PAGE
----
The new St. Anne Catholic Church doesn’t look new. And that’s the idea.
The edifice, located close to the Martha-Mary Chapel on Ford Avenue, has brick that looks handmade and doors that seem weathered. It’s designed to reflect the kinds of churches that would have been present in Georgia and the South Carolina Lowcountry in the 1800s, said Father Joseph Smith of St. Anne.
“This building is designed almost timelessly,” he said.
And the design details do not stop there for the new church, the opening of which will be celebrated at 10 a.m. Saturday with a Mass of dedication and consecration. About 1,000 people are expected for the Mass.
Smith said the edifice is the first new Catholic church built and dedicated in the Savannah area since 2005.
Saturday’s Mass brings to an end a journey that started years ago, Smith said. Planning for anticipated growth was ongoing for years, but the recession of 2008 hampered those plans.
Membership, however, did not stop growing. Today, Smith said, the parish has about 1,000 families totaling about 2,500 people. On an average Sunday, among all the services over which he presides, there can be 1,300 attendees. The old Ford Avenue church can hold about 200 people, so nearby Holy Family Hall has been used for services.
Church members looked at churches across the South, with groups of people going to churches that hold from 600 to 1,000 people. Church leaders also held plenty of town-hall meetings to get input and meet with builders.
What the parishioners did not want in their new church was ambiguity.
“They didn’t want to drive by and guess which one of the buildings was their church,” Smith said.
The outside, with its faded brick and 85-foot steeple, is eye-catching. Once inside, there’s even more beauty and evidence of intricate planning.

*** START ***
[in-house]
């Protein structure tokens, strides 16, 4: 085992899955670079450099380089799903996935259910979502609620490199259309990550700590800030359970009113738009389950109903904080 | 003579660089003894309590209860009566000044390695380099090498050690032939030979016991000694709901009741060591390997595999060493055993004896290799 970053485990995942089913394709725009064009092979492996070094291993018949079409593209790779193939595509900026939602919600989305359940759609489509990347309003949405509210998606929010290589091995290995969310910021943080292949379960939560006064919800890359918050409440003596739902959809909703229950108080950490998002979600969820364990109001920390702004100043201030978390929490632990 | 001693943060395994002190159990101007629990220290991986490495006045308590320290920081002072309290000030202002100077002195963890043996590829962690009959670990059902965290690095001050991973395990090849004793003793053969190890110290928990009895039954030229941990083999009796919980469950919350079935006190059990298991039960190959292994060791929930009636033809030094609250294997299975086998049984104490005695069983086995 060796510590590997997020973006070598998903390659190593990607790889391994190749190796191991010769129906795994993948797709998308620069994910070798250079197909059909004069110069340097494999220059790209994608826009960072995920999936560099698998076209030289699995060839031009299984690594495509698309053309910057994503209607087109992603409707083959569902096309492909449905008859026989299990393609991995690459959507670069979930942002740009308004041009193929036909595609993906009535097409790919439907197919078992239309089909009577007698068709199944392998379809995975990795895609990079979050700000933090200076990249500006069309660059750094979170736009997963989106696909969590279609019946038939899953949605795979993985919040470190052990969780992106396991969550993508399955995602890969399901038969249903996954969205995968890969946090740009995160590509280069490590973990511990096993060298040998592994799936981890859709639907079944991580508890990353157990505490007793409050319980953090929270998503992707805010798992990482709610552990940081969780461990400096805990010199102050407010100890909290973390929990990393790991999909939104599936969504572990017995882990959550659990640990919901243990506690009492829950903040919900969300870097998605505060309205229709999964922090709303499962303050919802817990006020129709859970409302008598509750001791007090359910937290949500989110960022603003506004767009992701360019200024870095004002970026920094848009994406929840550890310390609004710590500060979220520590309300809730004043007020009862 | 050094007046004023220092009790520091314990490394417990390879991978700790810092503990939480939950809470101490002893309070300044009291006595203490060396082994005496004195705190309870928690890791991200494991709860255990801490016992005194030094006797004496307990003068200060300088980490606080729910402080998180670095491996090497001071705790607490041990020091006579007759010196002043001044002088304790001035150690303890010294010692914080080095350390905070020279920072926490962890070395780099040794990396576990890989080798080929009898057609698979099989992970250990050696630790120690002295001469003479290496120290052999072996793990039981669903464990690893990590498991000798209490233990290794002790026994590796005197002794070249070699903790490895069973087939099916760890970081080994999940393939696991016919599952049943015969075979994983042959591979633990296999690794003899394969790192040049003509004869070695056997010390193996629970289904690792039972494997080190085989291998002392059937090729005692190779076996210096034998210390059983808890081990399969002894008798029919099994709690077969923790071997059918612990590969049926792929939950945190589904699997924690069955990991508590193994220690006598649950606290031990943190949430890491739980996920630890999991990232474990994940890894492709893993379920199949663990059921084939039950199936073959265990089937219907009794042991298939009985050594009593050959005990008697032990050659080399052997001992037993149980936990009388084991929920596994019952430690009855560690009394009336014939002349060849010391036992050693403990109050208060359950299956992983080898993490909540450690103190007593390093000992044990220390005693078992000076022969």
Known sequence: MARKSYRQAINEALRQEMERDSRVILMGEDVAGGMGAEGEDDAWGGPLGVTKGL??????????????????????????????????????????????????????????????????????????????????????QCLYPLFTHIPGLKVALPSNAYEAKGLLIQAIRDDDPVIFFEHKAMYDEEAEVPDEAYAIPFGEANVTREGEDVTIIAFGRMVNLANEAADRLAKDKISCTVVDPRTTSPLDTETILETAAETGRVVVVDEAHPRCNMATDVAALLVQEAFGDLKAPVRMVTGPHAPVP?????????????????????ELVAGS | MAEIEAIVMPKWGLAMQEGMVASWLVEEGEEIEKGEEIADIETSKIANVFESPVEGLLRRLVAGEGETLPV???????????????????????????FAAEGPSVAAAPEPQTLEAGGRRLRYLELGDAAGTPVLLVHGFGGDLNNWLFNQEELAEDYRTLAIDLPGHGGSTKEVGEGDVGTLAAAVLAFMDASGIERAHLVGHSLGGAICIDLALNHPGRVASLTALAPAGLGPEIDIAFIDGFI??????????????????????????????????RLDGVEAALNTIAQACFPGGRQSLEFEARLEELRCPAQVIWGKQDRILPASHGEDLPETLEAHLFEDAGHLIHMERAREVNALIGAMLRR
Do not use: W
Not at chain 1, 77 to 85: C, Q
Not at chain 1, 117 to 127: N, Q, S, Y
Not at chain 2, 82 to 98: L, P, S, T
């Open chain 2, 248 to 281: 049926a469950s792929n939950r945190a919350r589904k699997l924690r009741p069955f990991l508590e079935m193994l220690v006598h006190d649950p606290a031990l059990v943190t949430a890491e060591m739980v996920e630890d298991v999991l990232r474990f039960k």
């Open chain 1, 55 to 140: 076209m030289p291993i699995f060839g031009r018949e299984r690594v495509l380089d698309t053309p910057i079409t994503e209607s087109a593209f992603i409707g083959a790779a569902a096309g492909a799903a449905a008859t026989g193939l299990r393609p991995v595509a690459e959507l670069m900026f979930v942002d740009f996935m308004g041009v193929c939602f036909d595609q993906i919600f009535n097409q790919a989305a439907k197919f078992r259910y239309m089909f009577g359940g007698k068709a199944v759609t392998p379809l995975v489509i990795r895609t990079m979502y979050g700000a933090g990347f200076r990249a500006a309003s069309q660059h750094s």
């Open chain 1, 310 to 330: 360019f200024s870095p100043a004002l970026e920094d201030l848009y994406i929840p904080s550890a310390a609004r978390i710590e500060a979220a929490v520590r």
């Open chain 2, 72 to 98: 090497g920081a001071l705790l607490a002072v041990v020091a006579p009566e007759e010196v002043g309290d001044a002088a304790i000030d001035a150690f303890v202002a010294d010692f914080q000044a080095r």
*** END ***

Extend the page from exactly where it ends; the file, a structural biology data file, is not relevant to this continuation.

The statues in the church are hand-carved from linden wood, hand-painted and come from northern Italy. The solid-brass tabernacle weighs almost 350 pounds and was made in Europe. There are also 19th-century antique chairs from England that were donated by Smith’s family.
“It connects elements of the past with elements of the present,” he said.
The pews are made of Canadian red oak from a company in Nebraska that also made other items, such as altar pieces and the baptismal font.
Also, there are buttresses that reflect the depth of the walls and a dedicated choir loft.
Project Superintendent Bruce Davidson of R.W. Allen said St. Anne is the fourth church he has worked on and that except for rainy weather, its build went smoothly. Smith said the building is designed for the addition of a pipe organ.
While there are no specific plans for the old church, Smith said the parish plans to maintain and use it.
“It’s a treasure to us and the community,” he said.
In fact, the old church is an important part of the overall design of the St. Anne campus. When people leave the new church, the Ford Avenue church will be the first thing they see, Smith said. And the new edifice’s palladium windows and arches mirror the English architecture of the old church.
An open house with tours at the new church will be held at a later date, Smith said.